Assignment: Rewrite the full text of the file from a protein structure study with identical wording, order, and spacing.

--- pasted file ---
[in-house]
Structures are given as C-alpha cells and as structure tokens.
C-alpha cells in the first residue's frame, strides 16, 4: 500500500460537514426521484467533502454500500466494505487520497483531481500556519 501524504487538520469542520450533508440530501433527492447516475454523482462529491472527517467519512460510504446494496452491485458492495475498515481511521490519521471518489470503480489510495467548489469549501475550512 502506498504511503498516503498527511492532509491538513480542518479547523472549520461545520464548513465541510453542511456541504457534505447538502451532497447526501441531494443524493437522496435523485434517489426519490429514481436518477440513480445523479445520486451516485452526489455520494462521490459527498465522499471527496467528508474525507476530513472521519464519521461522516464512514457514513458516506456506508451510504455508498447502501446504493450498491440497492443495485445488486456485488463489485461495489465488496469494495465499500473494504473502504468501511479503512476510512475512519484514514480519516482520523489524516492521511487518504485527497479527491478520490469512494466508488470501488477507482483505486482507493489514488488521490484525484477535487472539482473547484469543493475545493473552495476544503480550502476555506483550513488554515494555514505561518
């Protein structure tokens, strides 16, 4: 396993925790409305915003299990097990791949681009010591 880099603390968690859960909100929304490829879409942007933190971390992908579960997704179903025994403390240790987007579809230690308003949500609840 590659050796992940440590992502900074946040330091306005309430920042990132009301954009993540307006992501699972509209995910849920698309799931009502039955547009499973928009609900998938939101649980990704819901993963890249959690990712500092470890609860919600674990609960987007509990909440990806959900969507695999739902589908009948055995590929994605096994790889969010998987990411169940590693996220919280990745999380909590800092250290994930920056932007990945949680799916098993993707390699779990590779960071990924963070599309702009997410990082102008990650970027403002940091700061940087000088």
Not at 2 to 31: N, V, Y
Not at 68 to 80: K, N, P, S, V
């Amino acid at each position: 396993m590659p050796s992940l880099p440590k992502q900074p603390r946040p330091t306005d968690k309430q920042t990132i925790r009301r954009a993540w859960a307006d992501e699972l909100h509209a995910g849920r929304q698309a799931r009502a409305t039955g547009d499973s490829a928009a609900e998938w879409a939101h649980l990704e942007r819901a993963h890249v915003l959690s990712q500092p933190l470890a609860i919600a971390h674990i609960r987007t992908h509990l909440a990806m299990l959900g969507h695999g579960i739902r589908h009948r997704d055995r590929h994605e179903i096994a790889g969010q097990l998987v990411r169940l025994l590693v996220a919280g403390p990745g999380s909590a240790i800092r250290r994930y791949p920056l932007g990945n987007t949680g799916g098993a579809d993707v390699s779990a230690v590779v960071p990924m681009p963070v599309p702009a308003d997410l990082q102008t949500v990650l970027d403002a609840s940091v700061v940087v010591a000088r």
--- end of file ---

[in-house]
Structures are given as C-alpha cells and as structure tokens.
C-alpha cells in the first residue's frame, strides 16, 4: 500500500460537514426521484467533502454500500466494505487520497483531481500556519 501524504487538520469542520450533508440530501433527492447516475454523482462529491472527517467519512460510504446494496452491485458492495475498515481511521490519521471518489470503480489510495467548489469549501475550512 502506498504511503498516503498527511492532509491538513480542518479547523472549520461545520464548513465541510453542511456541504457534505447538502451532497447526501441531494443524493437522496435523485434517489426519490429514481436518477440513480445523479445520486451516485452526489455520494462521490459527498465522499471527496467528508474525507476530513472521519464519521461522516464512514457514513458516506456506508451510504455508498447502501446504493450498491440497492443495485445488486456485488463489485461495489465488496469494495465499500473494504473502504468501511479503512476510512475512519484514514480519516482520523489524516492521511487518504485527497479527491478520490469512494466508488470501488477507482483505486482507493489514488488521490484525484477535487472539482473547484469543493475545493473552495476544503480550502476555506483550513488554515494555514505561518
């Protein structure tokens, strides 16, 4: 396993925790409305915003299990097990791949681009010591 880099603390968690859960909100929304490829879409942007933190971390992908579960997704179903025994403390240790987007579809230690308003949500609840 590659050796992940440590992502900074946040330091306005309430920042990132009301954009993540307006992501699972509209995910849920698309799931009502039955547009499973928009609900998938939101649980990704819901993963890249959690990712500092470890609860919600674990609960987007509990909440990806959900969507695999739902589908009948055995590929994605096994790889969010998987990411169940590693996220919280990745999380909590800092250290994930920056932007990945949680799916098993993707390699779990590779960071990924963070599309702009997410990082102008990650970027403002940091700061940087000088």
Not at 2 to 31: N, V, Y
Not at 68 to 80: K, N, P, S, V
């Amino acid at each position: 396993m590659p050796s992940l880099p440590k992502q900074p603390r946040p330091t306005d968690k309430q920042t990132i925790r009301r954009a993540w859960a307006d992501e699972l909100h509209a995910g849920r929304q698309a799931r009502a409305t039955g547009d499973s490829a928009a609900e998938w879409a939101h649980l990704e942007r819901a993963h890249v915003l959690s990712q500092p933190l470890a609860i919600a971390h674990i609960r987007t992908h509990l909440a990806m299990l959900g969507h695999g579960i739902r589908h009948r997704d055995r590929h994605e179903i096994a790889g969010q097990l998987v990411r169940l025994l590693v996220a919280g403390p990745g999380s909590a240790i800092r250290r994930y791949p920056l932007g990945n987007t949680g799916g098993a579809d993707v390699s779990a230690v590779v960071p990924m681009p963070v599309p702009a308003d997410l990082q102008t949500v990650l970027d403002a609840s940091v700061v940087v010591a000088r």